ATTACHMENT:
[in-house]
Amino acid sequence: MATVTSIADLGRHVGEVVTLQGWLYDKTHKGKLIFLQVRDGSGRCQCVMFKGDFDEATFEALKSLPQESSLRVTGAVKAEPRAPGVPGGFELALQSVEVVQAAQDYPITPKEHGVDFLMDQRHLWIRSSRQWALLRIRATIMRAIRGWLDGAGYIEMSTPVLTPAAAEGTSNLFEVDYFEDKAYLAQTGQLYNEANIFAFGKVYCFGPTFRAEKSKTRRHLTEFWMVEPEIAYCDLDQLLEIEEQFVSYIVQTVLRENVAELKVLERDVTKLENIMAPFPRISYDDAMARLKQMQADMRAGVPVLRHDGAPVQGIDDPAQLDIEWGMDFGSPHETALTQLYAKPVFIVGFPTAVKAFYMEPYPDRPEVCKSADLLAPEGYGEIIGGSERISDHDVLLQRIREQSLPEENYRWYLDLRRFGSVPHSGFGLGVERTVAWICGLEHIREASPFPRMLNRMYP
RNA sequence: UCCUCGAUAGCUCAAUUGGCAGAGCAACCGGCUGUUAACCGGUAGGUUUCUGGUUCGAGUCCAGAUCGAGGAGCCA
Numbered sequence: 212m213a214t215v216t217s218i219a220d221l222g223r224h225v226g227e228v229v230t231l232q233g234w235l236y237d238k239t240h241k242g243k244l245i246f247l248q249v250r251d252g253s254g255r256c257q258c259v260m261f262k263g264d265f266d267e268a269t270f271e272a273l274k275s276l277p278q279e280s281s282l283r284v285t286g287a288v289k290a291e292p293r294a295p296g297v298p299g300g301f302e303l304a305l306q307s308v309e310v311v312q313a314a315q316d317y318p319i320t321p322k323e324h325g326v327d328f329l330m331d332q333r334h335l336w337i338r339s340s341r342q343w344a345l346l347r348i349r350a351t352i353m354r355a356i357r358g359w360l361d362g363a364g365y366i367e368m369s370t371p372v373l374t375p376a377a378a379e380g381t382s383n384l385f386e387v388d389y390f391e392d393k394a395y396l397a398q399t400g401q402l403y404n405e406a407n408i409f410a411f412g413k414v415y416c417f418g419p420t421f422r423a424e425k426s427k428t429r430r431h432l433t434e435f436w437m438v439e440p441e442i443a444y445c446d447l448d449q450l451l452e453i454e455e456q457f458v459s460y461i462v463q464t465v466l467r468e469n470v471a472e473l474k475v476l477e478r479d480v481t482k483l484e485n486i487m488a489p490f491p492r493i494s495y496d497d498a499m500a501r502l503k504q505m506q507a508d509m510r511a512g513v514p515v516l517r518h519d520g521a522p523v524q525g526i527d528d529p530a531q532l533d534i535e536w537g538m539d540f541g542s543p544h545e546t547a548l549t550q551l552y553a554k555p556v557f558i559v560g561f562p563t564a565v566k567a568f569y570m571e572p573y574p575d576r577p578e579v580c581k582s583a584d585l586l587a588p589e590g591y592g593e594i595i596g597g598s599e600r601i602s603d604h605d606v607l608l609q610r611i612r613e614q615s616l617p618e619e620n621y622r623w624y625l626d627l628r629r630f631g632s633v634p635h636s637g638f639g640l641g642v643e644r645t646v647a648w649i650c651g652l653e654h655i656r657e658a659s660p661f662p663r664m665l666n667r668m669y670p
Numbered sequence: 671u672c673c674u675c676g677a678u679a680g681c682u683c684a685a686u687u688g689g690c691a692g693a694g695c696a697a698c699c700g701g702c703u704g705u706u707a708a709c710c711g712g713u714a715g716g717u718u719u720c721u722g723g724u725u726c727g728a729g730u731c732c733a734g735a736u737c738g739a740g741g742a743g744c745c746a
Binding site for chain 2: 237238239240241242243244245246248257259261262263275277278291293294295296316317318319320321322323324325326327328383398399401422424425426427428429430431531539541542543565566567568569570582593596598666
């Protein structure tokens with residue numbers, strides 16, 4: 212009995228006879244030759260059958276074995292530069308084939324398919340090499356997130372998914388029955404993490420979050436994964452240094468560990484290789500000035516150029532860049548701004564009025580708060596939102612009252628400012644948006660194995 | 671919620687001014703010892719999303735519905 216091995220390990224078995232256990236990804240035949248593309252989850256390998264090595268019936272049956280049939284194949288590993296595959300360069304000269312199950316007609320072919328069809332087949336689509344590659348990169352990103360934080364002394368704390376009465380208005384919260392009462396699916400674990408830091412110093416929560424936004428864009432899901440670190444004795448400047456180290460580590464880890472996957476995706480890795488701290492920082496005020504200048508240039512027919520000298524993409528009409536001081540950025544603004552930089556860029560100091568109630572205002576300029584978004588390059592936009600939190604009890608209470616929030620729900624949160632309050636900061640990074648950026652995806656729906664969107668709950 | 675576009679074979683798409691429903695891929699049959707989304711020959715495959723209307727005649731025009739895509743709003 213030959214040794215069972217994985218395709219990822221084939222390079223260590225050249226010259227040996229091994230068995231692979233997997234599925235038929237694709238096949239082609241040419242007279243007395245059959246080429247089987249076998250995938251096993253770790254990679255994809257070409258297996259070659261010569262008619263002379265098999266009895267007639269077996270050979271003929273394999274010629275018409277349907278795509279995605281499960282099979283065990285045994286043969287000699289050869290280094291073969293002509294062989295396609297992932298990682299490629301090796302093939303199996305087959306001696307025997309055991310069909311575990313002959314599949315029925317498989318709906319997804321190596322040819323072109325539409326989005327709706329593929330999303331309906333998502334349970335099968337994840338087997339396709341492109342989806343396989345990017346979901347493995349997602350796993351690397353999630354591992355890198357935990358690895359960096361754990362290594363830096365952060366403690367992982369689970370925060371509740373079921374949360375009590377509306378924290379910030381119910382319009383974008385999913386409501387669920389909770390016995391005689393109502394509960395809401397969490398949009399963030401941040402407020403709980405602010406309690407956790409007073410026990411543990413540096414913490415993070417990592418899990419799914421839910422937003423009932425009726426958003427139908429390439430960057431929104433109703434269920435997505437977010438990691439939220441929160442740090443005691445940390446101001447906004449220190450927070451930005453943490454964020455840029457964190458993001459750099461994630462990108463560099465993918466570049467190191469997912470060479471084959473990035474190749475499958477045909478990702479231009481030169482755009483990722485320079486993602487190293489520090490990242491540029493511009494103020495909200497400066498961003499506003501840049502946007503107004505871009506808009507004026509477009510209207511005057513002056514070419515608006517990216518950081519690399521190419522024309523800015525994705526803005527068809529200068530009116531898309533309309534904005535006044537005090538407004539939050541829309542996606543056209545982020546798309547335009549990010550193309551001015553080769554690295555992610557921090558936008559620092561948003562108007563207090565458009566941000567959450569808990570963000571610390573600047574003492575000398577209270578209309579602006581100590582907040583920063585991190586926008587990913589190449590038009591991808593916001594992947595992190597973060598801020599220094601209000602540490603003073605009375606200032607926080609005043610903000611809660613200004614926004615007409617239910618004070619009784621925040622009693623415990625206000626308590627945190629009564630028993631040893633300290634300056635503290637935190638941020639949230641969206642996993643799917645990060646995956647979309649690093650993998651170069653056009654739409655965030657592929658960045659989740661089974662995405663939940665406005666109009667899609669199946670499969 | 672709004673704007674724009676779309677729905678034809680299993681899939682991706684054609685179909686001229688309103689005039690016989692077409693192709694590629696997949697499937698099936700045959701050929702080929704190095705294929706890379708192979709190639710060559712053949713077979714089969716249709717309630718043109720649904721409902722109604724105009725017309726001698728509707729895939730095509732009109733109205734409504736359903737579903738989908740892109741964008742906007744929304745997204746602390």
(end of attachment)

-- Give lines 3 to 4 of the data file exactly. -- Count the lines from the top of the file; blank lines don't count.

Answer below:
RNA sequence: UCCUCGAUAGCUCAAUUGGCAGAGCAACCGGCUGUUAACCGGUAGGUUUCUGGUUCGAGUCCAGAUCGAGGAGCCA
Numbered sequence: 212m213a214t215v216t217s218i219a220d221l222g223r224h225v226g227e228v229v230t231l232q233g234w235l236y237d238k239t240h241k242g243k244l245i246f247l248q249v250r251d252g253s254g255r256c257q258c259v260m261f262k263g264d265f266d267e268a269t270f271e272a273l274k275s276l277p278q279e280s281s282l283r284v285t286g287a288v289k290a291e292p293r294a295p296g297v298p299g300g301f302e303l304a305l306q307s308v309e310v311v312q313a314a315q316d317y318p319i320t321p322k323e324h325g326v327d328f329l330m331d332q333r334h335l336w337i338r339s340s341r342q343w344a345l346l347r348i349r350a351t352i353m354r355a356i357r358g359w360l361d362g363a364g365y366i367e368m369s370t371p372v373l374t375p376a377a378a379e380g381t382s383n384l385f386e387v388d389y390f391e392d393k394a395y396l397a398q399t400g401q402l403y404n405e406a407n408i409f410a411f412g413k414v415y416c417f418g419p420t421f422r423a424e425k426s427k428t429r430r431h432l433t434e435f436w437m438v439e440p441e442i443a444y445c446d447l448d449q450l451l452e453i454e455e456q457f458v459s460y461i462v463q464t465v466l467r468e469n470v471a472e473l474k475v476l477e478r479d480v481t482k483l484e485n486i487m488a489p490f491p492r493i494s495y496d497d498a499m500a501r502l503k504q505m506q507a508d509m510r511a512g513v514p515v516l517r518h519d520g521a522p523v524q525g526i527d528d529p530a531q532l533d534i535e536w537g538m539d540f541g542s543p544h545e546t547a548l549t550q551l552y553a554k555p556v557f558i559v560g561f562p563t564a565v566k567a568f569y570m571e572p573y574p575d576r577p578e579v580c581k582s583a584d585l586l587a588p589e590g591y592g593e594i595i596g597g598s599e600r601i602s603d604h605d606v607l608l609q610r611i612r613e614q615s616l617p618e619e620n621y622r623w624y625l626d627l628r629r630f631g632s633v634p635h636s637g638f639g640l641g642v643e644r645t646v647a648w649i650c651g652l653e654h655i656r657e658a659s660p661f662p663r664m665l666n667r668m669y670p